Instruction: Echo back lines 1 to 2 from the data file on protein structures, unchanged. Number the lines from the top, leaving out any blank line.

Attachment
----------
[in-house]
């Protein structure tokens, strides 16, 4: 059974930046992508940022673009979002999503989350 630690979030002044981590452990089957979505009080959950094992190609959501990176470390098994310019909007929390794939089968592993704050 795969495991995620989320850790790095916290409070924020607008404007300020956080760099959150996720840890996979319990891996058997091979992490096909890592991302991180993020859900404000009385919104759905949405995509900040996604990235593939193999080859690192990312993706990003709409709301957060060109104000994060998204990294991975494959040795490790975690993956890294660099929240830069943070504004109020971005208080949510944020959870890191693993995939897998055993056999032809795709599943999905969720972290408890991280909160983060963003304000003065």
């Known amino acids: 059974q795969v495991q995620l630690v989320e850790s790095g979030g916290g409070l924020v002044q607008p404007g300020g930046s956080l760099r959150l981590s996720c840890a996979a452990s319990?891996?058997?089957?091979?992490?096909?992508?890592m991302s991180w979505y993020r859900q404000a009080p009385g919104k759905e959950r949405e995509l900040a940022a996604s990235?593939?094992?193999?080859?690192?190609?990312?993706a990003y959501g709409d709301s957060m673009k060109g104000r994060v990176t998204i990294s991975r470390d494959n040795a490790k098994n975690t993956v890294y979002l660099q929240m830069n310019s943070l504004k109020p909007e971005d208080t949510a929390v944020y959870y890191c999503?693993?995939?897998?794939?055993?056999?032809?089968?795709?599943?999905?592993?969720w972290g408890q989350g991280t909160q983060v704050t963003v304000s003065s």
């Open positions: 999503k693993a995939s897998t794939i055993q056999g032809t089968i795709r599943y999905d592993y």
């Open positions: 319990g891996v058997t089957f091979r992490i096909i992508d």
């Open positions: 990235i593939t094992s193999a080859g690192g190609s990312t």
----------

[in-house]
């Protein structure tokens, strides 16, 4: 059974930046992508940022673009979002999503989350 630690979030002044981590452990089957979505009080959950094992190609959501990176470390098994310019909007929390794939089968592993704050 795969495991995620989320850790790095916290409070924020607008404007300020956080760099959150996720840890996979319990891996058997091979992490096909890592991302991180993020859900404000009385919104759905949405995509900040996604990235593939193999080859690192990312993706990003709409709301957060060109104000994060998204990294991975494959040795490790975690993956890294660099929240830069943070504004109020971005208080949510944020959870890191693993995939897998055993056999032809795709599943999905969720972290408890991280909160983060963003304000003065």